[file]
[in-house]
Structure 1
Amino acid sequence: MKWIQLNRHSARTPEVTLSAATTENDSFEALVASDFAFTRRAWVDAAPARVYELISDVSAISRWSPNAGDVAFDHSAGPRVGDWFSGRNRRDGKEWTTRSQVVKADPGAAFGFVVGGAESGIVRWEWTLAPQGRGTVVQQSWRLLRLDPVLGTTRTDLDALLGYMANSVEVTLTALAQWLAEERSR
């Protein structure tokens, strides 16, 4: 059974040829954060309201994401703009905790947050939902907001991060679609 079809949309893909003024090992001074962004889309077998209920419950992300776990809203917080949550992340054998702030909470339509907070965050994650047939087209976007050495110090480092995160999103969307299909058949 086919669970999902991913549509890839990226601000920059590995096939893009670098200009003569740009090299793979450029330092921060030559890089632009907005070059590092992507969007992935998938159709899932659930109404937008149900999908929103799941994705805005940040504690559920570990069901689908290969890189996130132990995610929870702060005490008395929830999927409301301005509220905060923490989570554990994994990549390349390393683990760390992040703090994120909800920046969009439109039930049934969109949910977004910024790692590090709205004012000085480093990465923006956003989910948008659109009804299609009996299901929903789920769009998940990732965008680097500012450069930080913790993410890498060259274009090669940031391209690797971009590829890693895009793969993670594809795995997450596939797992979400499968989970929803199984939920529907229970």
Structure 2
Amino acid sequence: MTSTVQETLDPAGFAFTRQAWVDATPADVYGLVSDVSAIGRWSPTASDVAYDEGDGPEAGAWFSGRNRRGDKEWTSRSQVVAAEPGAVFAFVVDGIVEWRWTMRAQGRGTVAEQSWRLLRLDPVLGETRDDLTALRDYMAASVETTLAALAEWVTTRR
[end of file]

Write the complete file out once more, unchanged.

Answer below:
[in-house]
Structure 1
Amino acid sequence: MKWIQLNRHSARTPEVTLSAATTENDSFEALVASDFAFTRRAWVDAAPARVYELISDVSAISRWSPNAGDVAFDHSAGPRVGDWFSGRNRRDGKEWTTRSQVVKADPGAAFGFVVGGAESGIVRWEWTLAPQGRGTVVQQSWRLLRLDPVLGTTRTDLDALLGYMANSVEVTLTALAQWLAEERSR
């Protein structure tokens, strides 16, 4: 059974040829954060309201994401703009905790947050939902907001991060679609 079809949309893909003024090992001074962004889309077998209920419950992300776990809203917080949550992340054998702030909470339509907070965050994650047939087209976007050495110090480092995160999103969307299909058949 086919669970999902991913549509890839990226601000920059590995096939893009670098200009003569740009090299793979450029330092921060030559890089632009907005070059590092992507969007992935998938159709899932659930109404937008149900999908929103799941994705805005940040504690559920570990069901689908290969890189996130132990995610929870702060005490008395929830999927409301301005509220905060923490989570554990994994990549390349390393683990760390992040703090994120909800920046969009439109039930049934969109949910977004910024790692590090709205004012000085480093990465923006956003989910948008659109009804299609009996299901929903789920769009998940990732965008680097500012450069930080913790993410890498060259274009090669940031391209690797971009590829890693895009793969993670594809795995997450596939797992979400499968989970929803199984939920529907229970």
Structure 2
Amino acid sequence: MTSTVQETLDPAGFAFTRQAWVDATPADVYGLVSDVSAIGRWSPTASDVAYDEGDGPEAGAWFSGRNRRGDKEWTSRSQVVAAEPGAVFAFVVDGIVEWRWTMRAQGRGTVAEQSWRLLRLDPVLGETRDDLTALRDYMAASVETTLAALAEWVTTRR